Is Paris overrated? Paris is often known for its history, art and culture, French gastronomy, famous monuments, and love. I know this is a French based website which promotes the French language, however, I do dare pose the question : is Paris overrated? Just so you know, this article is coming from a guy who has lived in Paris, worked in Paris for two summers, and visited Paris on multiple occasions.
Why do people have the preconceived notion that Paris is a perfect city?
The assumption that Paris has no trash, no crime, no beggars, no noxious odors and no traffic is just plain wrong. Paris is a large metropolitan area. Parking is difficult to find, the buses rarely run on time, emergency vehicles are loud, and it’s no surprise when there is a bazillion other people on the streets. At night, drugs, violence, and prostitution all get involved.
Essentially, Paris has problems like every other large city.
The monuments and museums at Paris are amazing, without a doubt. In fact, if you are a cultured individual who likes art or music, Paris is for you. However, you have to be witty enough to avoid the zillion other tourists who plan on visiting the same attraction. In Paris, expect lines, long lines. Don’t take the elevator to the top of the Eiffel Tower. Don’t go to the Louvre Museum or the Chateau of Versailles on a Saturday. Don’t try to go shopping on the Champs-Elysees; you’ll wait in a line just to get into an overpriced store… Avoid using the metro during rush hour.
Actually, if you want to avoid the other 28 or so million tourists who flock to Paris each year, avoid tourist attractions all together and try to find events which French people tend to go to. Skipping the tourist-trapped, tourist-filled McDonalds and opting for real French cuisine is a great start. Another alternative is to not visit Paris during peak months (May, June, July).
Even though I’m financially well off, oh lord, Paris is expensive. It’s also deceptive because at the moment, Euros are more valued than dollars (exchange rate). A nice hotel? Forget about it, you’re better off sleeping in the rental car (okay, I’m over-exaggerating a bit). Unless you shop during the sale season, don’t plan on buying clothes in Paris, after seeing a pair of Levi’s jeans selling for over 150 euros, you’ll know what I mean. Restaurants offering quality dishes are hard to come by without paying a pretty penny; opt for cafés, brasseries, crêperies, and boulangeries which still make great French food for a lower price. Use student discounts, lazy-day admissions, and family discounts to your advantage, otherwise you may end up paying a lot more for common attractions. If you plan on using public transportation, try to buy a carnet of tickets, or a ticket for the entire day depending on your needs.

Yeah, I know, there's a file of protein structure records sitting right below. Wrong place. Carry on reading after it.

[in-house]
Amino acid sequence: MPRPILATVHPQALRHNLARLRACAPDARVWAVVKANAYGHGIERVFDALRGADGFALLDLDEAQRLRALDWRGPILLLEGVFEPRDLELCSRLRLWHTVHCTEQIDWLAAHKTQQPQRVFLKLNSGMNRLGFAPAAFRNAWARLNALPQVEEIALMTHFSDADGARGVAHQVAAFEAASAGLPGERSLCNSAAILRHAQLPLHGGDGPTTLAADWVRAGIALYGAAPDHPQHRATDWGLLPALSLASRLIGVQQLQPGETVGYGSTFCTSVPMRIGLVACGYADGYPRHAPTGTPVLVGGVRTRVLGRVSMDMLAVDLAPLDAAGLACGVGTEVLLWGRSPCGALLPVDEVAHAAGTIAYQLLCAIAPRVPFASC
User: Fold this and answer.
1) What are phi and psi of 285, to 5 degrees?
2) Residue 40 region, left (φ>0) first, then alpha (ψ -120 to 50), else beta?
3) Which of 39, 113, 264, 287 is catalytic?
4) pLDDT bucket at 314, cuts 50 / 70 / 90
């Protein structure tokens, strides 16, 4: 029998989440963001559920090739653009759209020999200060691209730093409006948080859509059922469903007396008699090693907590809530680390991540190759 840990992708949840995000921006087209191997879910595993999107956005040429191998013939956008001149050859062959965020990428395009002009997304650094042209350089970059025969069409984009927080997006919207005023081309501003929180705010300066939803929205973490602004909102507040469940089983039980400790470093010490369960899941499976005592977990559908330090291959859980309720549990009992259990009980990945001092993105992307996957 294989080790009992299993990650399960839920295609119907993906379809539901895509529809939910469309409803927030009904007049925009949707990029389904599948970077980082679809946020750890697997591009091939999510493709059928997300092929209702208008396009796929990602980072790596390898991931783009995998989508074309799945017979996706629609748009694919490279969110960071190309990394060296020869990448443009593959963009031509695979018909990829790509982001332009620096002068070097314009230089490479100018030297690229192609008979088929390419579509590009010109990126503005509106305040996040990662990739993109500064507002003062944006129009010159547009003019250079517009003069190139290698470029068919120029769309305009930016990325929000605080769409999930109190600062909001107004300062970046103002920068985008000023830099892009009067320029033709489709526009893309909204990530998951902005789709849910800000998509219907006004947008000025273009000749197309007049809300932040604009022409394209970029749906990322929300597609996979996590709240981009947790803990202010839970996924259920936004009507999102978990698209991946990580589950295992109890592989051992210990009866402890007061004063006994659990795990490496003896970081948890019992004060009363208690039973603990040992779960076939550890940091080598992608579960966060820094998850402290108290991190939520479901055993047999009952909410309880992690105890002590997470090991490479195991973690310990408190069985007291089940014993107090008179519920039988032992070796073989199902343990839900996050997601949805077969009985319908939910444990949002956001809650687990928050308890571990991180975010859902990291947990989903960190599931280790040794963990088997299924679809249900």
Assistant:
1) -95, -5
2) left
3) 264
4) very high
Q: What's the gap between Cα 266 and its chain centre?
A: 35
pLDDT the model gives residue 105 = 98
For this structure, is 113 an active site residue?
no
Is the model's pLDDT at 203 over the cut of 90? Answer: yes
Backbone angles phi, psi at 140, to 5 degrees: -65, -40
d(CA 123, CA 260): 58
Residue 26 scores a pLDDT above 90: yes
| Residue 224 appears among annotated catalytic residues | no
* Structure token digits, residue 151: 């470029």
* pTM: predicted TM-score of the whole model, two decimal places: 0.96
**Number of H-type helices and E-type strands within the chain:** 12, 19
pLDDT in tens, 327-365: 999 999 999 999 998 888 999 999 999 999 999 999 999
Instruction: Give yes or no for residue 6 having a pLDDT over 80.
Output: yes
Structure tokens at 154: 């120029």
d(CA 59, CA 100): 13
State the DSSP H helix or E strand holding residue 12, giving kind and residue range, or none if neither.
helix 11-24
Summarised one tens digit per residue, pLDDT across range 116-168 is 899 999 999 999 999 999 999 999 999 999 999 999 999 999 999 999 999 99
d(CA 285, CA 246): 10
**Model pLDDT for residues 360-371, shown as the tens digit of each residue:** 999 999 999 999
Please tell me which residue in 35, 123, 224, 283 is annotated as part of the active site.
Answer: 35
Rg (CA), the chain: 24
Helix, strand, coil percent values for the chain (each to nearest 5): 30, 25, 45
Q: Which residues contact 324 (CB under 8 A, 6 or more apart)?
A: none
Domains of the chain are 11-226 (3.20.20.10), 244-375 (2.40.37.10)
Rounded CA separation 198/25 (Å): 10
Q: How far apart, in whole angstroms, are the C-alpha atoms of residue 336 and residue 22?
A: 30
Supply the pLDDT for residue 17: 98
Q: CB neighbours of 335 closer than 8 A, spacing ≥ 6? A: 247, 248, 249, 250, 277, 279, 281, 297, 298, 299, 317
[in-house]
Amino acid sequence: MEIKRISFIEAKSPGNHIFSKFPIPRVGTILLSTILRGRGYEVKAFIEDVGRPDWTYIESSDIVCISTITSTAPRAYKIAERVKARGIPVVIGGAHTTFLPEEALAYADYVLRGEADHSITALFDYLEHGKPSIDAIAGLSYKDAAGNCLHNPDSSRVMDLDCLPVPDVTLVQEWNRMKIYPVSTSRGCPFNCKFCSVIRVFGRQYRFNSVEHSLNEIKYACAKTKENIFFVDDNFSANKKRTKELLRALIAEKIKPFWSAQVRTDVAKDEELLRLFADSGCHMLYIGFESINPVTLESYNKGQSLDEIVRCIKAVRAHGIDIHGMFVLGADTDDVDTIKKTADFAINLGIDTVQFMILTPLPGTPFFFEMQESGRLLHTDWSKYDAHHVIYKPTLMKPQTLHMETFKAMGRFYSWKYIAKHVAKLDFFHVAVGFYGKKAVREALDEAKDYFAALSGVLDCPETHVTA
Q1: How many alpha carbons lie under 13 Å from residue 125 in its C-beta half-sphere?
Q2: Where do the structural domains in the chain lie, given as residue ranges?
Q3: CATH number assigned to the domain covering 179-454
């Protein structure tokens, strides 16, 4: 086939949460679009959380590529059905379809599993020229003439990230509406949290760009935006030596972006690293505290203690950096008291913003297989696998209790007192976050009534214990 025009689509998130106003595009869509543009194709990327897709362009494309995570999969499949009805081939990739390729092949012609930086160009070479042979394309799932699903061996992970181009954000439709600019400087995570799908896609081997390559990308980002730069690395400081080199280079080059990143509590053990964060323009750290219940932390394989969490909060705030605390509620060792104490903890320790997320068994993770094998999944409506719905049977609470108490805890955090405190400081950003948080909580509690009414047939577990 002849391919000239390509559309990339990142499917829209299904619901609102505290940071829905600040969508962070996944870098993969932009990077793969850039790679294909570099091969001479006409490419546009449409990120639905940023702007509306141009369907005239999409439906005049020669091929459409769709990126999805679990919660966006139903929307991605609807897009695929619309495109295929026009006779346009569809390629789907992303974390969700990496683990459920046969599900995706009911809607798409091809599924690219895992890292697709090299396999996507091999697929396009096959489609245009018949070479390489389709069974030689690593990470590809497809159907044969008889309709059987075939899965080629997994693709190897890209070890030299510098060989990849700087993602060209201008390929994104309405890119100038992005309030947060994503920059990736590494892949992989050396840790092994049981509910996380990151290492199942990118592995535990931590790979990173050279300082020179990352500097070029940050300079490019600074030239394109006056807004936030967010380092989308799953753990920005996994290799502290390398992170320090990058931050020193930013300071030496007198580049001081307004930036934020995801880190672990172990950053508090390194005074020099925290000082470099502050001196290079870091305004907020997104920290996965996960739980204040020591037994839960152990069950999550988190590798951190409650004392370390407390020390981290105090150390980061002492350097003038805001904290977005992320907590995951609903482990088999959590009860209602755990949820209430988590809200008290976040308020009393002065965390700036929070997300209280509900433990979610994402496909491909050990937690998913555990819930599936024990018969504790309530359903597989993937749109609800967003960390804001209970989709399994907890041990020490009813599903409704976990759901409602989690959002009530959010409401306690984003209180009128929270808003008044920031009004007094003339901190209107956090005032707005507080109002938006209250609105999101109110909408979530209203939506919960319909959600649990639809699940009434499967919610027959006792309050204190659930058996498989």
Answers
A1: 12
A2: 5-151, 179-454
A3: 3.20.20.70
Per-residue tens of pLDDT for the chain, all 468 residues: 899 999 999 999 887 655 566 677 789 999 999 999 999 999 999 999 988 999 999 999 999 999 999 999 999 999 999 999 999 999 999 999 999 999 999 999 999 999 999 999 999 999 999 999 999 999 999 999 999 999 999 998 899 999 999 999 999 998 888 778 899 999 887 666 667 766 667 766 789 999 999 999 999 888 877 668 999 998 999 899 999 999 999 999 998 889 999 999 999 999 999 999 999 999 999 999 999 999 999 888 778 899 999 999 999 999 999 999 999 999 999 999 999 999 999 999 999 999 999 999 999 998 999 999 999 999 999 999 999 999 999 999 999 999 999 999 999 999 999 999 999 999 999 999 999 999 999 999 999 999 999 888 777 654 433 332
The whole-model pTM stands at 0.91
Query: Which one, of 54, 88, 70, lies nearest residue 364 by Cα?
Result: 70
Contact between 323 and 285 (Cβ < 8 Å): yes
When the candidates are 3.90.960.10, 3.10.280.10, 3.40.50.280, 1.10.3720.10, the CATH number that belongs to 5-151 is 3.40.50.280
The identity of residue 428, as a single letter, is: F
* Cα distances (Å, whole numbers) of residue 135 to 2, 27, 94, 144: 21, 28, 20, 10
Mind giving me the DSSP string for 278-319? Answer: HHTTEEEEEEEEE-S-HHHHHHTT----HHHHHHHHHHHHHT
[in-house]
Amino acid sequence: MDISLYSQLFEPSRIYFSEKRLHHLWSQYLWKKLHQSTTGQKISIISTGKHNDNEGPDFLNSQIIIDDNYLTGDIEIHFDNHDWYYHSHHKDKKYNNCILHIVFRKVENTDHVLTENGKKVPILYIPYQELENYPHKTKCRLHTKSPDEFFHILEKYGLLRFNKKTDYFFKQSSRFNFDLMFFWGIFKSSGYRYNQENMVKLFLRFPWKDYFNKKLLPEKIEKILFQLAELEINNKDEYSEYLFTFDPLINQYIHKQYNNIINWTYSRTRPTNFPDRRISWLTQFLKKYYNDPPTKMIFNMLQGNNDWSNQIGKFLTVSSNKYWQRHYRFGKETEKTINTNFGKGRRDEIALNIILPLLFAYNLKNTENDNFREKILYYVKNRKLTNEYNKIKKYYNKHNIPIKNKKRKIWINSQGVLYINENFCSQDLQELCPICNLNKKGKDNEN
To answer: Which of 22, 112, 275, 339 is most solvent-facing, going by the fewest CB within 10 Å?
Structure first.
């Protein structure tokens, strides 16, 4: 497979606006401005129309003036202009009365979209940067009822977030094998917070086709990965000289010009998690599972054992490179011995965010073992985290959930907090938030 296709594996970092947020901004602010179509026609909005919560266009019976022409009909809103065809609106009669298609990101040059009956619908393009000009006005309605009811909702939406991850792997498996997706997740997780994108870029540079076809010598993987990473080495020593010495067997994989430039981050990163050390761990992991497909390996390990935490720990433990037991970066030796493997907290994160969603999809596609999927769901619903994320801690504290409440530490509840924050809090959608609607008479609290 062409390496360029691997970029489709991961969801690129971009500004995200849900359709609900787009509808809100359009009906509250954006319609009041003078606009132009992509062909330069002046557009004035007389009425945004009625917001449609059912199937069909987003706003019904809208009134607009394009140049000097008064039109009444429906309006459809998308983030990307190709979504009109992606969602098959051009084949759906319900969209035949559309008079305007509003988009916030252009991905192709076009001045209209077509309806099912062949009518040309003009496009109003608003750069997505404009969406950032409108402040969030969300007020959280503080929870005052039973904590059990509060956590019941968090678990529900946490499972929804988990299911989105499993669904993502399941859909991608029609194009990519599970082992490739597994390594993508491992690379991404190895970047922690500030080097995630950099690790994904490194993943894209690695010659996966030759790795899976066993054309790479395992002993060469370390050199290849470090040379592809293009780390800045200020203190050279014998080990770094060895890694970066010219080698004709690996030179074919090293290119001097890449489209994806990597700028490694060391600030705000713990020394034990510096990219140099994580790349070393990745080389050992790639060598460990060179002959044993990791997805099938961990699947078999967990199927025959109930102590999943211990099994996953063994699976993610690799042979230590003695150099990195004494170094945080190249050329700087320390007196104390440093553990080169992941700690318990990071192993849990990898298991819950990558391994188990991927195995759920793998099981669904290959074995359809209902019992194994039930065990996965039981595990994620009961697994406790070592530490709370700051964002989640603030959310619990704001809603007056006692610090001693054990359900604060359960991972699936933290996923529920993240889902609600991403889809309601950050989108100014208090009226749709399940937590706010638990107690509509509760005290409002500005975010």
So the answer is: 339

“The City of Love?”
Ah, Paris! La ville de l’amour. Sure there are people who find love in Paris or rekindle their passion with that special someone. Famous writers and film producers often hype up Paris as the enchanting city of love.
But think about this.
Any city can spark love, if the two people are in love. Honestly, it matters WHO you are with more than WHERE you are. If I found love in a dumpster, that doesn’t make it “the dumpster of love“… it’s still just a dumpster. Are you following me?
Fast Paced and Rude?
French people stereotype Parisians: they are snobby, fast-paced workaholics who are all about business and money. It’s true that in Paris, taxi drivers will practically run you over the moment a light turns green. It’s true that Parisians get angry at tourists who get in their way when they are trying to get to work. French people joke that in Paris, you don’t walk on the sidewalks… you run. These people have things to do and places to be, some areas are not compatible for tourists who want to dawdle and take in the atmosphere.
Americans tell me stories about how rude the French are. From my experience, this is just a French stereotype. However, is it because I speak in French well? Waiting tables is a regular paying job, and tips aren’t really expected. The server won’t baby you like they do in the United States, so sometimes it’s really hard to get their attention when needed. Of course, this all depends on where and when you eat; some dining establishments are less packed than others during peak hours. I avoid the extremely touristy establishments in the first place, eating with friends or family far away from the attractions.
I’m not saying you should skip Paris. There is always that certain allure of saying “I’m in Paris”. Yet, take some time to visit other beautiful parts of France and appreciate the different lifestyle. After seeing Strasbourg, Lyon, Grenoble, Bourg-en-Bresse, and Besançon, I don’t really enjoy Paris as much as I used to.
What happened on your last trip to Paris? Share you experiences below, no special subscription required.